Tuesday, October 18, 2005


WMD flu Counterarguments

...and Weblogsky points us to some counterarguments to those of us who think it is reckless to post the DNA recipe:

Secrecy vs. openness: Three counter-arguments to Kurzweil and Joy

Let us address all 3 counter-arguments:.

(1) from Jon Dugan:
The goal of human health is too important to stop people from doing research and publishing results.

This is the core of the matter. My claim is that Dugan is confusing "human health" with profit. The health industry is motivated by profit, not human health. If you can't afford to pay the cost (determined by maximizing profit) of the medicine to save your life, you die. It clouds the issue to appeal to fairy tale notions of benevolent institutions.
I would argue there are no "wrong hands" for information to get into. We are collectively responsible for situations that create the anger and misguided behavior that lead to mass destruction

It only takes one person out of billions to unleash the pandemic. I'm not a statistics expert, but that doesn't seem like good odds. Any of us who have operated an anonymous online forum can tell you that it is inevitable that one person shows up and destroys the forum for everyone. I agree that we are collectively responsible for each other but that doesn't mean I'm going to give everybody access to the button.
Getting everyone to play together and hide information will only work when all involved agrees to hide it.

We need to define "all involved" for this sentence to have any meaning. If all involved is a handful of people, then it seems we can achieve this easily.
One person can spill the beans.

We would have been better off if we didn't fund a 10 year research project to map the DNA of the 1918 flu and publish it.
After these major disasters happen, those that are left will have to realize we are not here to compete against each other, but for us all to survive (preferably well). Hopefully it won't be too painful for humanity to change our story.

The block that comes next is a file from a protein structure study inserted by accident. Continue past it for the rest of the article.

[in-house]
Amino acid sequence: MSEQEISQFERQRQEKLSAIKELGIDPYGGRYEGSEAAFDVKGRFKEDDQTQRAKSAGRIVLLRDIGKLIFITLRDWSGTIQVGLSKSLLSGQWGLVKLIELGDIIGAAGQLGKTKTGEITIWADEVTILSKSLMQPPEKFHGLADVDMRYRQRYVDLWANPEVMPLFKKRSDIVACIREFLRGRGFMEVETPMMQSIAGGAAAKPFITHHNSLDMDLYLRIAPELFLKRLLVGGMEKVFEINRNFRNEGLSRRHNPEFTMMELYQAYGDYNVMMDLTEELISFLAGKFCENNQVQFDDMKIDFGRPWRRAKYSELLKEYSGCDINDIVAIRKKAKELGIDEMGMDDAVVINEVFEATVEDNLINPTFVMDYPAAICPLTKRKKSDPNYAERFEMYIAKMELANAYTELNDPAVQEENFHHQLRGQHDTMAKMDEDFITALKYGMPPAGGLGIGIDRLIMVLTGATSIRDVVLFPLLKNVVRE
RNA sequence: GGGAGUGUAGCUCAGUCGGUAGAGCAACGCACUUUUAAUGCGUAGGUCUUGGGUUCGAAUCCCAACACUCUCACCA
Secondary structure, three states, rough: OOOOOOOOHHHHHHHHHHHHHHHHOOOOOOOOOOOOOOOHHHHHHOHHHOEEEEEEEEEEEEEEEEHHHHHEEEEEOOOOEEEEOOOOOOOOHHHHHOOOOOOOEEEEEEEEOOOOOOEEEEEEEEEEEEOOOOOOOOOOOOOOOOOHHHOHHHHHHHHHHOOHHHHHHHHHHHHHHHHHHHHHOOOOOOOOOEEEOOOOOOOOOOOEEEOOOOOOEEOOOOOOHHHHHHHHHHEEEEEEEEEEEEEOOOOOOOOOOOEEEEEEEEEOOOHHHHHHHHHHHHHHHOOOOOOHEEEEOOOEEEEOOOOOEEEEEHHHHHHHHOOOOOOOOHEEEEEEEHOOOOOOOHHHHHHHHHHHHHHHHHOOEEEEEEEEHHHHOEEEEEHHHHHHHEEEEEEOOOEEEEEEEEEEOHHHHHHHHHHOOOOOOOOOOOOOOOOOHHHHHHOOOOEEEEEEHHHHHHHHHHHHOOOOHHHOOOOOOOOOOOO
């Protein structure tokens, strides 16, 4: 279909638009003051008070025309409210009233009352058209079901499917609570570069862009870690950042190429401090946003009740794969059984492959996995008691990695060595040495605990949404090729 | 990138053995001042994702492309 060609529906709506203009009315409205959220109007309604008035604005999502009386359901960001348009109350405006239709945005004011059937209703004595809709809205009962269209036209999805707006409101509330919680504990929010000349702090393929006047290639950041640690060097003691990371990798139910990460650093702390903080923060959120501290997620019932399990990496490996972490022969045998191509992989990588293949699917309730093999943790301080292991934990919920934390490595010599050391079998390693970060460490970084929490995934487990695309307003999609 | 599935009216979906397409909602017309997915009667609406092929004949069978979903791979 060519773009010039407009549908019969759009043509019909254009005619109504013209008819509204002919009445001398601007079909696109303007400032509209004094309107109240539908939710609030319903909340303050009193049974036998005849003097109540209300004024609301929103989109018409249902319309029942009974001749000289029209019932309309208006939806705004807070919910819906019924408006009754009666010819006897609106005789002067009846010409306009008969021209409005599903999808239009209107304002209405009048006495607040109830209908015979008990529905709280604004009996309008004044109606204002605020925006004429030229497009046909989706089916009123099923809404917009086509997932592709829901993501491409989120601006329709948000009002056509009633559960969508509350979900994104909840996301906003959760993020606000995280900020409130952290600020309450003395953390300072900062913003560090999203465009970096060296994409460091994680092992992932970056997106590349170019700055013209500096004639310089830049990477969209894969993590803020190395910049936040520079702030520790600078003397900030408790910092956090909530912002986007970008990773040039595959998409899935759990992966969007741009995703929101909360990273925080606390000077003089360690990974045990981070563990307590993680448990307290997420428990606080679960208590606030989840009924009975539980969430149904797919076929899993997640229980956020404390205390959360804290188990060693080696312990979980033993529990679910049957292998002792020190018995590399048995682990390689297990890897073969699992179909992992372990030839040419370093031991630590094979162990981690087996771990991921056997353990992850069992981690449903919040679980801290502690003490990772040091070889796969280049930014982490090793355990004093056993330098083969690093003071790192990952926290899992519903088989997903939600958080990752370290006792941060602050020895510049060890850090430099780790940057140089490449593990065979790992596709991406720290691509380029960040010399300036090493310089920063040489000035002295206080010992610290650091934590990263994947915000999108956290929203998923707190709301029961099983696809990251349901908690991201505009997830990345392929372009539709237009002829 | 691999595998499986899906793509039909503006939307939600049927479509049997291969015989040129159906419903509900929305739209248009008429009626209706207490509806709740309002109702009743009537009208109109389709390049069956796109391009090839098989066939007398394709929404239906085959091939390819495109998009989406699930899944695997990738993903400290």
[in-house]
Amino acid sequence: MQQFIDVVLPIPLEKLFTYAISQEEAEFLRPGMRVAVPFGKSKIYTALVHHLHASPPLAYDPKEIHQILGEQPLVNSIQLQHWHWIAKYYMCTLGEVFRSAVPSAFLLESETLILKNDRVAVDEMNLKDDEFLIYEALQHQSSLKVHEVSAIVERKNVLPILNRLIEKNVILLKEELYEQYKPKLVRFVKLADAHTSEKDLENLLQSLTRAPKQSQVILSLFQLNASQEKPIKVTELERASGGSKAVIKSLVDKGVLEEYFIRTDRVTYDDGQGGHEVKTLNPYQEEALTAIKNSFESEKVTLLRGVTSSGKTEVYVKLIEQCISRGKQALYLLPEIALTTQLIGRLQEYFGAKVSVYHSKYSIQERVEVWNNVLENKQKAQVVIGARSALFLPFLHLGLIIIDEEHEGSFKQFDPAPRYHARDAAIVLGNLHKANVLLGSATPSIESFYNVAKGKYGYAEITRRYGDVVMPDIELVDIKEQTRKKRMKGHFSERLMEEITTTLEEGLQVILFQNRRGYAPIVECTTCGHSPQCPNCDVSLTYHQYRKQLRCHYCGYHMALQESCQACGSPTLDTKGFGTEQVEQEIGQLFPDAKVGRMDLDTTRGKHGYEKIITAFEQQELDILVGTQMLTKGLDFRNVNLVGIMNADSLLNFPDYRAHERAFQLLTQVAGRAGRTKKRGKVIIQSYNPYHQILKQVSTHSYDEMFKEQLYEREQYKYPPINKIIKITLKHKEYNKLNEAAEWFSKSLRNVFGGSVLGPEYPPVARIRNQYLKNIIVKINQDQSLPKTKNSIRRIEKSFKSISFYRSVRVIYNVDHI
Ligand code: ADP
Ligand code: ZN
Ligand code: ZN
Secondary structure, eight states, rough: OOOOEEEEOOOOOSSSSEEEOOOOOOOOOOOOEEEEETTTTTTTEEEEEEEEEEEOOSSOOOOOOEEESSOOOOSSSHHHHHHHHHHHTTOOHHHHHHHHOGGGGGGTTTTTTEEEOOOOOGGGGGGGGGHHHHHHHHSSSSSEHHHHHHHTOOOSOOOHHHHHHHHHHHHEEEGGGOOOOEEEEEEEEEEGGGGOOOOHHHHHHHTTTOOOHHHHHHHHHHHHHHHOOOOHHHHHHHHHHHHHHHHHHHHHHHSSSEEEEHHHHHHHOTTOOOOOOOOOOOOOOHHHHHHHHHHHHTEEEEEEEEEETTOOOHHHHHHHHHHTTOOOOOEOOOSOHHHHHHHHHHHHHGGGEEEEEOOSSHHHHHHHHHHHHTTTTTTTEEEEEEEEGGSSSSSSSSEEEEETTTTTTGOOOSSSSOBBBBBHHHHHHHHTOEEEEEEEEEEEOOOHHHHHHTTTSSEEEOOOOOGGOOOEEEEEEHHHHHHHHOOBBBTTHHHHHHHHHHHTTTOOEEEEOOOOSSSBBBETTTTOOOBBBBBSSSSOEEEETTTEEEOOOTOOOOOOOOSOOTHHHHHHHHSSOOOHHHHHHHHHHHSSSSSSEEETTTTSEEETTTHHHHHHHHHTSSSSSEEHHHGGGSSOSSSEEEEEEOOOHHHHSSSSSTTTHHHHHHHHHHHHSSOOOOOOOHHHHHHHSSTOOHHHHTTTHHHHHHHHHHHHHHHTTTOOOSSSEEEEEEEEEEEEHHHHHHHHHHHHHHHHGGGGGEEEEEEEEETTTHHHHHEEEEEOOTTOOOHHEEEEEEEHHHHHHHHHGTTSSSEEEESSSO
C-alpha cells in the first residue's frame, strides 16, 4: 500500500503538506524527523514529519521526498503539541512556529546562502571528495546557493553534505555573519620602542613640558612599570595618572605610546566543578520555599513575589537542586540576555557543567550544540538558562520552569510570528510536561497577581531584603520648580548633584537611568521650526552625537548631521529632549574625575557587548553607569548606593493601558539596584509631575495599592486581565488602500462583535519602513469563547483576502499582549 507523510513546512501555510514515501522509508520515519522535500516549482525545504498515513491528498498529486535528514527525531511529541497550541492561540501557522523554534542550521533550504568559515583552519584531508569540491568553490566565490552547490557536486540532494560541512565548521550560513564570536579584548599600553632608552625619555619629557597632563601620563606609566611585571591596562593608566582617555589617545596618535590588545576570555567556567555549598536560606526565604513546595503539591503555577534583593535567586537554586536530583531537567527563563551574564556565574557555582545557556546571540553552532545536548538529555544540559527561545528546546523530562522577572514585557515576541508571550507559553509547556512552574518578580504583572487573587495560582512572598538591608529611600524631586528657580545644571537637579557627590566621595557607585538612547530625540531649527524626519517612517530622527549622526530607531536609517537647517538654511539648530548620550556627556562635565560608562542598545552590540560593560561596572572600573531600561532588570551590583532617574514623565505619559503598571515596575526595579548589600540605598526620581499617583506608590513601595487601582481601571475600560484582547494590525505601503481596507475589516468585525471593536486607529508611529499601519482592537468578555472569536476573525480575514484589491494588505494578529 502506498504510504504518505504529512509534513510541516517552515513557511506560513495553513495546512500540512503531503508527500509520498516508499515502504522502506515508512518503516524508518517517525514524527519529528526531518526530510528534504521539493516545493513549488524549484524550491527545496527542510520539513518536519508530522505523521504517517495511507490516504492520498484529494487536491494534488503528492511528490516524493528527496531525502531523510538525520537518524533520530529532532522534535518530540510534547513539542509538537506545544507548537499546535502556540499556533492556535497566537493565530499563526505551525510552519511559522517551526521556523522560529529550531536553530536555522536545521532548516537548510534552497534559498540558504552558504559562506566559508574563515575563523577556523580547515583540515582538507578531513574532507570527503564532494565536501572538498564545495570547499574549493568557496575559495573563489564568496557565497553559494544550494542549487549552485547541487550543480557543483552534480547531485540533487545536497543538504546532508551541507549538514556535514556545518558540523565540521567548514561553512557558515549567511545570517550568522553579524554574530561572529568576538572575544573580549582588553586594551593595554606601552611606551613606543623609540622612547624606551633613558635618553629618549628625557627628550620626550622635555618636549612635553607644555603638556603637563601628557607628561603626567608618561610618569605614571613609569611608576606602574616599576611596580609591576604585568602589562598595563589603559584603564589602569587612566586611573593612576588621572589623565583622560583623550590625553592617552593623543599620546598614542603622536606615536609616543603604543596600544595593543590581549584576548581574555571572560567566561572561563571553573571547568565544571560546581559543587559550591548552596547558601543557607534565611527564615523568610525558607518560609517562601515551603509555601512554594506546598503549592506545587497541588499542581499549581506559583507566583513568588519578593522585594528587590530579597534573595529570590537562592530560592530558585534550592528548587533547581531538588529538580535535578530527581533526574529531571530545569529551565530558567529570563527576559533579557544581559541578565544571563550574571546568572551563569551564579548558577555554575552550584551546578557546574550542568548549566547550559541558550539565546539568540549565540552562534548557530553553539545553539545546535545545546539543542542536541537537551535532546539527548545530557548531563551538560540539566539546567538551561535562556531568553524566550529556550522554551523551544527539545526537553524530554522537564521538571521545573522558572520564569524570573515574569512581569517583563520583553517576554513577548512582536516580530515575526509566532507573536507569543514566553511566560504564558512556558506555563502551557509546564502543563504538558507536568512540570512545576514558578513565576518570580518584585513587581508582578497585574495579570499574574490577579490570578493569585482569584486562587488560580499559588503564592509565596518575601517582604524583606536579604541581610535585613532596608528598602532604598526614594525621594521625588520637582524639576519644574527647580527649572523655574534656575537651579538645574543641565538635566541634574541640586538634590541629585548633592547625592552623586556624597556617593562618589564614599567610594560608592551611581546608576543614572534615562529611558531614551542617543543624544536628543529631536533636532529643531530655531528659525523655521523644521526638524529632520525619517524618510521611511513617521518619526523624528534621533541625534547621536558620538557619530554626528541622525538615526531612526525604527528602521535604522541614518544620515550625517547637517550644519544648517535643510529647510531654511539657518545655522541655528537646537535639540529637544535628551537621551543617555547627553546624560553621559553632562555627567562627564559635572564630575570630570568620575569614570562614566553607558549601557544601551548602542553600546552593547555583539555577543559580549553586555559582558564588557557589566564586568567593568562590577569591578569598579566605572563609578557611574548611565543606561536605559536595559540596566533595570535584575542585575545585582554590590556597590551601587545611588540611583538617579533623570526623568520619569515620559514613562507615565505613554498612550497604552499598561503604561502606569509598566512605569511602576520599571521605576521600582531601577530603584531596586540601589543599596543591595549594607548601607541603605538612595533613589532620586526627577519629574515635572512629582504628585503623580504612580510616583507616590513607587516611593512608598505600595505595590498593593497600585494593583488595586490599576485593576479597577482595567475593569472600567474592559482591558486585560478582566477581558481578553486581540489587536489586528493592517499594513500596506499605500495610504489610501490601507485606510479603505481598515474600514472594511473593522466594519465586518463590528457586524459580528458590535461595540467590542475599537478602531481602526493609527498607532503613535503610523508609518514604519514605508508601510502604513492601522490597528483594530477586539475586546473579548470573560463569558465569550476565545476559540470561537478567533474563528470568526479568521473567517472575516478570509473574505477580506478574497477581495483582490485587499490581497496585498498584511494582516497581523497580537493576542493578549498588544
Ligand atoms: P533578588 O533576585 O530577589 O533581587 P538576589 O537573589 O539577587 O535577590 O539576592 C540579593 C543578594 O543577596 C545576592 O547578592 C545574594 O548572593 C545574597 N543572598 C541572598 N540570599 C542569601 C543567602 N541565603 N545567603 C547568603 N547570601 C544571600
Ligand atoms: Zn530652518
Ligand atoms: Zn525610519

This is apocalyptic thinking. I've heard it before.

(2) from Peter Swire:

His argument seems to be a hope that there are more good guys than bad guys and therefore the good guys will triumph. There are a lot of assumptions here. I haven't read his paper yet, but I imagine it is not focused on addressing security issues of life and death. The openness idea may be fine when the consequence is that you have to reinstall your operating system, but unless the good guys know how to bring your dead corpse back to life, I do not share the good guys argument.

(3) from Thomas Leavitt:
The current plague of spam, computer virii, spyware and malware may actually turn out to be a blessing in disguise, by providing us with the basic techniques and technologies necessary to implement similiar systems in the "real world".

Again, we have someone using the world of computers to address the problems of a life and death pandemic killing millions.
We are going to have to accept that death from attacks of this sort is a fact of life - our level of success will be judged not by whether we prevent them from happening at all, but how well we limit the scale of these outbreaks when they occur

This is true. And nature has provided that for us through sexual recombination. However, when nature developed that mechanism, it did not have reckless idiots publishing WMD recipes on the taxpayer's dime either.

OK, so there you have it. So far, the counter-arguments seem weak, so why was this reckless action executed?

After my trip to India, I no longer fear death. I fear a long, painful and protracted death, but not death itself.

We will all have a definite opportunity to die of human arrogance. Let's just hope something 'natural' happens first.
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